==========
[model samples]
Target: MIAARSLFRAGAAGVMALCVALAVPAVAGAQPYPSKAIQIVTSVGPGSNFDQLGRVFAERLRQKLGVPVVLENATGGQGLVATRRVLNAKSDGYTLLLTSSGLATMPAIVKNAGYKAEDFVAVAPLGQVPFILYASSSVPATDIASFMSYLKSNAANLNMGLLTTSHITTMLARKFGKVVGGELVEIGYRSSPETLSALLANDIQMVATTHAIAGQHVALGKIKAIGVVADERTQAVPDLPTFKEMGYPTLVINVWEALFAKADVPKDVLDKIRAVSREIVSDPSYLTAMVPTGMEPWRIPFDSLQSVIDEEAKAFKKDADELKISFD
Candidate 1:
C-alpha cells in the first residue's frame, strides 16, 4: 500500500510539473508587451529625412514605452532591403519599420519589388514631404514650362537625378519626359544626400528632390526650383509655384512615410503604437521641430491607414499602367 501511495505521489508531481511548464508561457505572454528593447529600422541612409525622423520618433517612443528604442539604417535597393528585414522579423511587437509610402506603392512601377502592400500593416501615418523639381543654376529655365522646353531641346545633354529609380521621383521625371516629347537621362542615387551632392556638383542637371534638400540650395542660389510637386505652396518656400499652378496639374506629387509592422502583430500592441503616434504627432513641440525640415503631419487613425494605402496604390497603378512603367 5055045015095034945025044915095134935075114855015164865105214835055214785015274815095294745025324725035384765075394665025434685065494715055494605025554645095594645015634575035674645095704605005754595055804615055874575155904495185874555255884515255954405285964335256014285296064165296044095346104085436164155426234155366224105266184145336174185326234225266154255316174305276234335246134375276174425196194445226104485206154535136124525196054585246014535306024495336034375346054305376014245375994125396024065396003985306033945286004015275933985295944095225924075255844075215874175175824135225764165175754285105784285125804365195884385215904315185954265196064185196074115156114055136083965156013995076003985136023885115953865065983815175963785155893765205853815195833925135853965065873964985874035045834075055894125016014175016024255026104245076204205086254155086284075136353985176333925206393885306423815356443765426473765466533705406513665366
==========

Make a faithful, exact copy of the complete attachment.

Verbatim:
[model samples]
Target: MIAARSLFRAGAAGVMALCVALAVPAVAGAQPYPSKAIQIVTSVGPGSNFDQLGRVFAERLRQKLGVPVVLENATGGQGLVATRRVLNAKSDGYTLLLTSSGLATMPAIVKNAGYKAEDFVAVAPLGQVPFILYASSSVPATDIASFMSYLKSNAANLNMGLLTTSHITTMLARKFGKVVGGELVEIGYRSSPETLSALLANDIQMVATTHAIAGQHVALGKIKAIGVVADERTQAVPDLPTFKEMGYPTLVINVWEALFAKADVPKDVLDKIRAVSREIVSDPSYLTAMVPTGMEPWRIPFDSLQSVIDEEAKAFKKDADELKISFD
Candidate 1:
C-alpha cells in the first residue's frame, strides 16, 4: 500500500510539473508587451529625412514605452532591403519599420519589388514631404514650362537625378519626359544626400528632390526650383509655384512615410503604437521641430491607414499602367 501511495505521489508531481511548464508561457505572454528593447529600422541612409525622423520618433517612443528604442539604417535597393528585414522579423511587437509610402506603392512601377502592400500593416501615418523639381543654376529655365522646353531641346545633354529609380521621383521625371516629347537621362542615387551632392556638383542637371534638400540650395542660389510637386505652396518656400499652378496639374506629387509592422502583430500592441503616434504627432513641440525640415503631419487613425494605402496604390497603378512603367 5055045015095034945025044915095134935075114855015164865105214835055214785015274815095294745025324725035384765075394665025434685065494715055494605025554645095594645015634575035674645095704605005754595055804615055874575155904495185874555255884515255954405285964335256014285296064165296044095346104085436164155426234155366224105266184145336174185326234225266154255316174305276234335246134375276174425196194445226104485206154535136124525196054585246014535306024495336034375346054305376014245375994125396024065396003985306033945286004015275933985295944095225924075255844075215874175175824135225764165175754285105784285125804365195884385215904315185954265196064185196074115156114055136083965156013995076003985136023885115953865065983815175963785155893765205853815195833925135853965065873964985874035045834075055894125016014175016024255026104245076204205086254155086284075136353985176333925206393885306423815356443765426473765466533705406513665366